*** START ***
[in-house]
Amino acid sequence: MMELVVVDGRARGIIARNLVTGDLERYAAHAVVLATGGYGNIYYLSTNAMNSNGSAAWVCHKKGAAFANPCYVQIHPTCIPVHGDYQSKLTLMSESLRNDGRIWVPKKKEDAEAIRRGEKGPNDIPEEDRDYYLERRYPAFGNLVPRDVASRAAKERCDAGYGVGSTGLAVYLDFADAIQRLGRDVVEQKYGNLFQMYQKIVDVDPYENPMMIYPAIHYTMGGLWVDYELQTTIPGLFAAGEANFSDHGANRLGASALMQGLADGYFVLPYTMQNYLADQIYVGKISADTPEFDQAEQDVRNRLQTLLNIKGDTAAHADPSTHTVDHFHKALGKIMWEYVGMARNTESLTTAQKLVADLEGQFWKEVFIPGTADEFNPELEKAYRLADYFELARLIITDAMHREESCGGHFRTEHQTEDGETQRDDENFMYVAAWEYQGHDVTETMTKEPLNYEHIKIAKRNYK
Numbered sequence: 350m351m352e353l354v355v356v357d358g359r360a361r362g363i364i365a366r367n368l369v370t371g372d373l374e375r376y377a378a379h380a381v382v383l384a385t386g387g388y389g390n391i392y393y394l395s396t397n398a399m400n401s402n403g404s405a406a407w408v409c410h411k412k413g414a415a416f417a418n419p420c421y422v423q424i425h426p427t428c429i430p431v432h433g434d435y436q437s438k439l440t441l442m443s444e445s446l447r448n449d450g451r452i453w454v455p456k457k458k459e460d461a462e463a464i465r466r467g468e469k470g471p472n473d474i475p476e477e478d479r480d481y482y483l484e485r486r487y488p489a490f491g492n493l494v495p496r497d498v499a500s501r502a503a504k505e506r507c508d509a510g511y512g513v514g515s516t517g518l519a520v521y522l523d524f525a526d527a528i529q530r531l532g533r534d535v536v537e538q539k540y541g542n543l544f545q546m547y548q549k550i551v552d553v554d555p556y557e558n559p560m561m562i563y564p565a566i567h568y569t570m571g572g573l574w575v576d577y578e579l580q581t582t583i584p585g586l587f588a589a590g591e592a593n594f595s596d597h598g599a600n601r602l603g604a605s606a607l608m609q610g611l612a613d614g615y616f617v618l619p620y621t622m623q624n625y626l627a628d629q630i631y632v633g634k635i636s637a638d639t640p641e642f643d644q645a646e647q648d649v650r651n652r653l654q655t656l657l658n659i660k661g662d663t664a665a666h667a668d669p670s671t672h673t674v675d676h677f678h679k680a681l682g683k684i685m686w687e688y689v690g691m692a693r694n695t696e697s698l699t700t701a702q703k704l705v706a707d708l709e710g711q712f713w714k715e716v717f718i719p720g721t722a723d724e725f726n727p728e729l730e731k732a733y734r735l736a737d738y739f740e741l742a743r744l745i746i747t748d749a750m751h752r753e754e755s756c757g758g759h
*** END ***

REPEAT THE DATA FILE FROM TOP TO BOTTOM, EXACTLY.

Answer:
[in-house]
Amino acid sequence: MMELVVVDGRARGIIARNLVTGDLERYAAHAVVLATGGYGNIYYLSTNAMNSNGSAAWVCHKKGAAFANPCYVQIHPTCIPVHGDYQSKLTLMSESLRNDGRIWVPKKKEDAEAIRRGEKGPNDIPEEDRDYYLERRYPAFGNLVPRDVASRAAKERCDAGYGVGSTGLAVYLDFADAIQRLGRDVVEQKYGNLFQMYQKIVDVDPYENPMMIYPAIHYTMGGLWVDYELQTTIPGLFAAGEANFSDHGANRLGASALMQGLADGYFVLPYTMQNYLADQIYVGKISADTPEFDQAEQDVRNRLQTLLNIKGDTAAHADPSTHTVDHFHKALGKIMWEYVGMARNTESLTTAQKLVADLEGQFWKEVFIPGTADEFNPELEKAYRLADYFELARLIITDAMHREESCGGHFRTEHQTEDGETQRDDENFMYVAAWEYQGHDVTETMTKEPLNYEHIKIAKRNYK
Numbered sequence: 350m351m352e353l354v355v356v357d358g359r360a361r362g363i364i365a366r367n368l369v370t371g372d373l374e375r376y377a378a379h380a381v382v383l384a385t386g387g388y389g390n391i392y393y394l395s396t397n398a399m400n401s402n403g404s405a406a407w408v409c410h411k412k413g414a415a416f417a418n419p420c421y422v423q424i425h426p427t428c429i430p431v432h433g434d435y436q437s438k439l440t441l442m443s444e445s446l447r448n449d450g451r452i453w454v455p456k457k458k459e460d461a462e463a464i465r466r467g468e469k470g471p472n473d474i475p476e477e478d479r480d481y482y483l484e485r486r487y488p489a490f491g492n493l494v495p496r497d498v499a500s501r502a503a504k505e506r507c508d509a510g511y512g513v514g515s516t517g518l519a520v521y522l523d524f525a526d527a528i529q530r531l532g533r534d535v536v537e538q539k540y541g542n543l544f545q546m547y548q549k550i551v552d553v554d555p556y557e558n559p560m561m562i563y564p565a566i567h568y569t570m571g572g573l574w575v576d577y578e579l580q581t582t583i584p585g586l587f588a589a590g591e592a593n594f595s596d597h598g599a600n601r602l603g604a605s606a607l608m609q610g611l612a613d614g615y616f617v618l619p620y621t622m623q624n625y626l627a628d629q630i631y632v633g634k635i636s637a638d639t640p641e642f643d644q645a646e647q648d649v650r651n652r653l654q655t656l657l658n659i660k661g662d663t664a665a666h667a668d669p670s671t672h673t674v675d676h677f678h679k680a681l682g683k684i685m686w687e688y689v690g691m692a693r694n695t696e697s698l699t700t701a702q703k704l705v706a707d708l709e710g711q712f713w714k715e716v717f718i719p720g721t722a723d724e725f726n727p728e729l730e731k732a733y734r735l736a737d738y739f740e741l742a743r744l745i746i747t748d749a750m751h752r753e754e755s756c757g758g759h